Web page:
We encounter advertising every day – on the street, in the underground or on our own smartphones. More and more companies are using advertising to present their green image. But what about the carbon footprint of advertising itself?
Green is the dominant colour of advertising. This impression could quickly arise if one takes a closer look at the development or rather the appearance in marketing. On almost every product there is at least one green logo that stands for sustainability, biodiversity or a healthy attitude.
And the packaging is also becoming greener and greener. A tree here, a sprouting plant there: an ecologically oriented and sustainable attitude meets the zeitgeist. This is precisely why more and more companies are jumping on the proverbial bandwagon.
Greenwashing works (at least subconsciously)
It is also clear that greenwashing is involved to an extent that cannot be disregarded. Whether it’s a paper bottle being tested at Coca-Cola or the green electricity that Amazon or Deutsche Bahn use to offer some of their services makes little difference.
Despite all the obvious doubts about some sustainability initiatives, consumers subliminally retain a better image in their minds. As soon as exactly that happens, the advertising has succeeded in everything it set out to achieve.
CO2 footprint: How harmful is online advertising itself?
What often gets pushed into the background in all discussions about sustainability is the question about the advertising itself. Or more specifically: how high is the CO2 footprint created by digital advertising?
The employees of the Cavai marketing cloud dealt with precisely this question in a study. The result: online advertising alone consumes between 20 and 282 terawatt hours of electricity in a year.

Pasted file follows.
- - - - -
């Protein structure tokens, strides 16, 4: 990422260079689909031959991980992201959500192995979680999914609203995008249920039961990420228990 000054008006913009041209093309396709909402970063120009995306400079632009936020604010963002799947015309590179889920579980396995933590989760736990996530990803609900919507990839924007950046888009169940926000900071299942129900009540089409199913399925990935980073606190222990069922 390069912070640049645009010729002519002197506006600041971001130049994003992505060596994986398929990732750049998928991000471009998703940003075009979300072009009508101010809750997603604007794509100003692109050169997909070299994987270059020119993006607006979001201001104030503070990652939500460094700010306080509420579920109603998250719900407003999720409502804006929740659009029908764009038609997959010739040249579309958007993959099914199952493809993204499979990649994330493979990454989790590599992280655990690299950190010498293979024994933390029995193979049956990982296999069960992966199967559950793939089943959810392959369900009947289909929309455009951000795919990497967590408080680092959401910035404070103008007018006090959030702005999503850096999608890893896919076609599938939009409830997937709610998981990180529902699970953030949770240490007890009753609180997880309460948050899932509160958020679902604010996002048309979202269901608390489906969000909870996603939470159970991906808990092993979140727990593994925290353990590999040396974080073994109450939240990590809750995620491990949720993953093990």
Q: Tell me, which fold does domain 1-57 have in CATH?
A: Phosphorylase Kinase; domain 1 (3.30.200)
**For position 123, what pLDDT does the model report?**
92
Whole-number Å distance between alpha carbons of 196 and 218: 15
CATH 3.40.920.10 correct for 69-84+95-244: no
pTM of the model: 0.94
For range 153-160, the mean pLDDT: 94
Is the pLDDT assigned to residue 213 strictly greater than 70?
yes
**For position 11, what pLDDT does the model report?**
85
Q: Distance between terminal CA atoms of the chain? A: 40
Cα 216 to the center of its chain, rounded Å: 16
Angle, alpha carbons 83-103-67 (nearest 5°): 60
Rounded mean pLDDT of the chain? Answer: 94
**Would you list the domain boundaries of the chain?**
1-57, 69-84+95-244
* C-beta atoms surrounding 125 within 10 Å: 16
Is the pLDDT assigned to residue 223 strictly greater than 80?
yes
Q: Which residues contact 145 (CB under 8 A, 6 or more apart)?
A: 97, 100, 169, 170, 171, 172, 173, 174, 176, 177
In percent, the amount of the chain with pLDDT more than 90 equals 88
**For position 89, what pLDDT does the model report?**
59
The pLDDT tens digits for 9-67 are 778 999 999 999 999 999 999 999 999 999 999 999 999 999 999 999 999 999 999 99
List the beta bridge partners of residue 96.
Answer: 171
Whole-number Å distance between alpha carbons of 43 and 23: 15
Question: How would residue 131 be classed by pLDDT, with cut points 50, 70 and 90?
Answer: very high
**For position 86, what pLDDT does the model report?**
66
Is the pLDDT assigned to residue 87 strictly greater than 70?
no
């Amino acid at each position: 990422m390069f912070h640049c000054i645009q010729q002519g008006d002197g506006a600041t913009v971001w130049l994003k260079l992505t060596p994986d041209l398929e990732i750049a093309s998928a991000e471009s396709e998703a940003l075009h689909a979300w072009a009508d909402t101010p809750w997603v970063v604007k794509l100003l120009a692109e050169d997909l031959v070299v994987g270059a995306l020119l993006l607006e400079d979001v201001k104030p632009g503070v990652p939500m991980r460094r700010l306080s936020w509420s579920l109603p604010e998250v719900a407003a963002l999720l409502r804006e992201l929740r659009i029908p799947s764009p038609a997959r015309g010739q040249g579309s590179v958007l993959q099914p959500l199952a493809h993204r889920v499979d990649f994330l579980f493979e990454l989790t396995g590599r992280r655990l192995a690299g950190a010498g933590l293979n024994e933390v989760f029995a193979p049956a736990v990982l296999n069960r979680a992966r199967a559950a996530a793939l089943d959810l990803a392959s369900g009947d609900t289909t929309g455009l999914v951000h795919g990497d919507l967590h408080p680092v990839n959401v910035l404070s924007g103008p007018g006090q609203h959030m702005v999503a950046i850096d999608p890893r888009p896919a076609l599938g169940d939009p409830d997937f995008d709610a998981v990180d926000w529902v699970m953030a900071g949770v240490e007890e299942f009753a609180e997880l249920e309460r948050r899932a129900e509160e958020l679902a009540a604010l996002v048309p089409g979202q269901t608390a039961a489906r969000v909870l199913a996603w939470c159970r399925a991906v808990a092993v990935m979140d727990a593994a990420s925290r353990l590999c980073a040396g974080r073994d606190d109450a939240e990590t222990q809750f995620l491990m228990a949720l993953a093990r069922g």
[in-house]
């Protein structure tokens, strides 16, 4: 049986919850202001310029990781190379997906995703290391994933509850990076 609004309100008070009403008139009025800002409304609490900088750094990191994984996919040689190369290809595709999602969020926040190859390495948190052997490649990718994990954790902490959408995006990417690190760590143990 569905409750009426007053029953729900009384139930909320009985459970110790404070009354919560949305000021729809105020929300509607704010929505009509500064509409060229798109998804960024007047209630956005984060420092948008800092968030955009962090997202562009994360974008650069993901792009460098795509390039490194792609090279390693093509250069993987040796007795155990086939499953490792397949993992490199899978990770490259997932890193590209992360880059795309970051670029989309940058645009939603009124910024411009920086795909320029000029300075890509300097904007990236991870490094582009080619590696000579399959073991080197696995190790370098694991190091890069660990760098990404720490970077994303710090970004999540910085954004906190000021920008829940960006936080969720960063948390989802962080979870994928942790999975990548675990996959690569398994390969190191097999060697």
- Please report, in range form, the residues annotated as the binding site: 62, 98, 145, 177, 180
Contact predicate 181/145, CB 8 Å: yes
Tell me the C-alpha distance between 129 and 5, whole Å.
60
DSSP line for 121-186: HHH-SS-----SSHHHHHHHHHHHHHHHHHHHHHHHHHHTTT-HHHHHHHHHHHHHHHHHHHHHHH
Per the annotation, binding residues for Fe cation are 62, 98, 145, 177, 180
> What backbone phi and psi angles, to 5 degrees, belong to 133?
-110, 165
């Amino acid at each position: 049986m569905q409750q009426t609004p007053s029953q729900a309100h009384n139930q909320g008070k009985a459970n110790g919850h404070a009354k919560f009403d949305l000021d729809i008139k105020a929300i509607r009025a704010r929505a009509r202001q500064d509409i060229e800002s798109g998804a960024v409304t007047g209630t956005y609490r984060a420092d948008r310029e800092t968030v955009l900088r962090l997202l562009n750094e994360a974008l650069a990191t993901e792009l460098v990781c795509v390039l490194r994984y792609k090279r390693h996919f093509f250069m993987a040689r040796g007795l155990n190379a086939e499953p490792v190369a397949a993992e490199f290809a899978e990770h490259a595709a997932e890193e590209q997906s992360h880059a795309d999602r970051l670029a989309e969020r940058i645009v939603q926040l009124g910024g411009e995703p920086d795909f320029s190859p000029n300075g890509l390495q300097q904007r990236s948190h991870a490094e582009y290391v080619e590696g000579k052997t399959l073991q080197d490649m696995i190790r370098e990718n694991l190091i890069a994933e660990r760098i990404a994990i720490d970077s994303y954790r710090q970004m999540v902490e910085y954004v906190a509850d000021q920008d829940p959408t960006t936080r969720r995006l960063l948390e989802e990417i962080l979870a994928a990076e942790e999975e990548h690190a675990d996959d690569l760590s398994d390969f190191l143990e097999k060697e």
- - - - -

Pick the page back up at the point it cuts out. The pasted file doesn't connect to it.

According to the results of the study, the electricity consumption of the technical infrastructure needed to play out the advertising even amounts to 791 to 1,334 terawatt hours. These are generated, for example, by the data centres, the servers, the desktop screens or the apps on your smartphone.
Incidentally, the large fluctuation margins are due to the fact that the concrete consumption figures differ in the individual countries. This gives rise to average values.
CO2 footprint: online advertising vs. China, USA, Germany and co
As always, it is helpful to put the figures in perspective. According to Statista, China had the largest electricity consumption in the world in 2021 with 7,806 terawatt hours. The USA and India follow in second and third place with 3,979 and 1,443 terawatt hours respectively.
Germany, with just over 500 terawatt hours, is thus below the minimum consumption of the technical infrastructure. Spain, with its 234 terawatt hours, roughly corresponds to the CO2 footprint of pure online advertising.
This is the CO2 footprint of a single digital ad
Of course, the researchers have also broken down the figures to the smallest unit: According to them, between 0.08 and 1.09 grams of CO2 are produced by a single digital ad.
For comparison: this corresponds to an electric car driving between 0.4 and 9.65 metres or the consumption of an LED light bulb that shines brightly for between 30 and 700 seconds.
According to an interview with The Drum by Cavai CEO Steffen Svartberg, online advertising is responsible for around one percent of global CO2 emissions.
According to this, companies that really want to commit to more sustainability should not put up billboards for sustainable campaigns or place millions of online ads, but rather refrain from large-scale advertising campaigns. That helps the environment more.